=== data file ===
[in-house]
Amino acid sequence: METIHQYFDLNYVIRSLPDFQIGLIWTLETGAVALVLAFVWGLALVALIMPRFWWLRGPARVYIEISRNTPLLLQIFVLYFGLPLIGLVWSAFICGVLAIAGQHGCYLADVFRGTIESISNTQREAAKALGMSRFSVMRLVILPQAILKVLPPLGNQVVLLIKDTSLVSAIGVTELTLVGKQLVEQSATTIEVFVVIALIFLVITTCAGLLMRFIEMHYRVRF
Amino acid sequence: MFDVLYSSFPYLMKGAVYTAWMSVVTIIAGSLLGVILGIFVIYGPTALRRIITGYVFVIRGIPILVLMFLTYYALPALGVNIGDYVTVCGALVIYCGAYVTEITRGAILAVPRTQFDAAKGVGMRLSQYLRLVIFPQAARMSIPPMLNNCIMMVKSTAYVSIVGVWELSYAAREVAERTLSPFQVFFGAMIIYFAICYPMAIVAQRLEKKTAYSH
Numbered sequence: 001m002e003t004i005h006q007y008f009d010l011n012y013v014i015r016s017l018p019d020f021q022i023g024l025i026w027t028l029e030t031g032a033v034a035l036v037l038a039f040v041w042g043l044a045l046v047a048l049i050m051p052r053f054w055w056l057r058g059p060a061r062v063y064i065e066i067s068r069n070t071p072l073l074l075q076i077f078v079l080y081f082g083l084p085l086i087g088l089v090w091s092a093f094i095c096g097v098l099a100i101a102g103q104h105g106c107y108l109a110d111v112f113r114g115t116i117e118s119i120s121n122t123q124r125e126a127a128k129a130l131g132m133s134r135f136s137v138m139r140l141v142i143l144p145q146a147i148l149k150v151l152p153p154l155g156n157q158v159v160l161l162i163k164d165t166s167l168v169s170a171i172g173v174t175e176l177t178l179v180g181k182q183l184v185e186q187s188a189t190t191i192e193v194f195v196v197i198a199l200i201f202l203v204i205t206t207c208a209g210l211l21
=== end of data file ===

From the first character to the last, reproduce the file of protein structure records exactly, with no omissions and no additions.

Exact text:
[in-house]
Amino acid sequence: METIHQYFDLNYVIRSLPDFQIGLIWTLETGAVALVLAFVWGLALVALIMPRFWWLRGPARVYIEISRNTPLLLQIFVLYFGLPLIGLVWSAFICGVLAIAGQHGCYLADVFRGTIESISNTQREAAKALGMSRFSVMRLVILPQAILKVLPPLGNQVVLLIKDTSLVSAIGVTELTLVGKQLVEQSATTIEVFVVIALIFLVITTCAGLLMRFIEMHYRVRF
Amino acid sequence: MFDVLYSSFPYLMKGAVYTAWMSVVTIIAGSLLGVILGIFVIYGPTALRRIITGYVFVIRGIPILVLMFLTYYALPALGVNIGDYVTVCGALVIYCGAYVTEITRGAILAVPRTQFDAAKGVGMRLSQYLRLVIFPQAARMSIPPMLNNCIMMVKSTAYVSIVGVWELSYAAREVAERTLSPFQVFFGAMIIYFAICYPMAIVAQRLEKKTAYSH
Numbered sequence: 001m002e003t004i005h006q007y008f009d010l011n012y013v014i015r016s017l018p019d020f021q022i023g024l025i026w027t028l029e030t031g032a033v034a035l036v037l038a039f040v041w042g043l044a045l046v047a048l049i050m051p052r053f054w055w056l057r058g059p060a061r062v063y064i065e066i067s068r069n070t071p072l073l074l075q076i077f078v079l080y081f082g083l084p085l086i087g088l089v090w091s092a093f094i095c096g097v098l099a100i101a102g103q104h105g106c107y108l109a110d111v112f113r114g115t116i117e118s119i120s121n122t123q124r125e126a127a128k129a130l131g132m133s134r135f136s137v138m139r140l141v142i143l144p145q146a147i148l149k150v151l152p153p154l155g156n157q158v159v160l161l162i163k164d165t166s167l168v169s170a171i172g173v174t175e176l177t178l179v180g181k182q183l184v185e186q187s188a189t190t191i192e193v194f195v196v197i198a199l200i201f202l203v204i205t206t207c208a209g210l211l21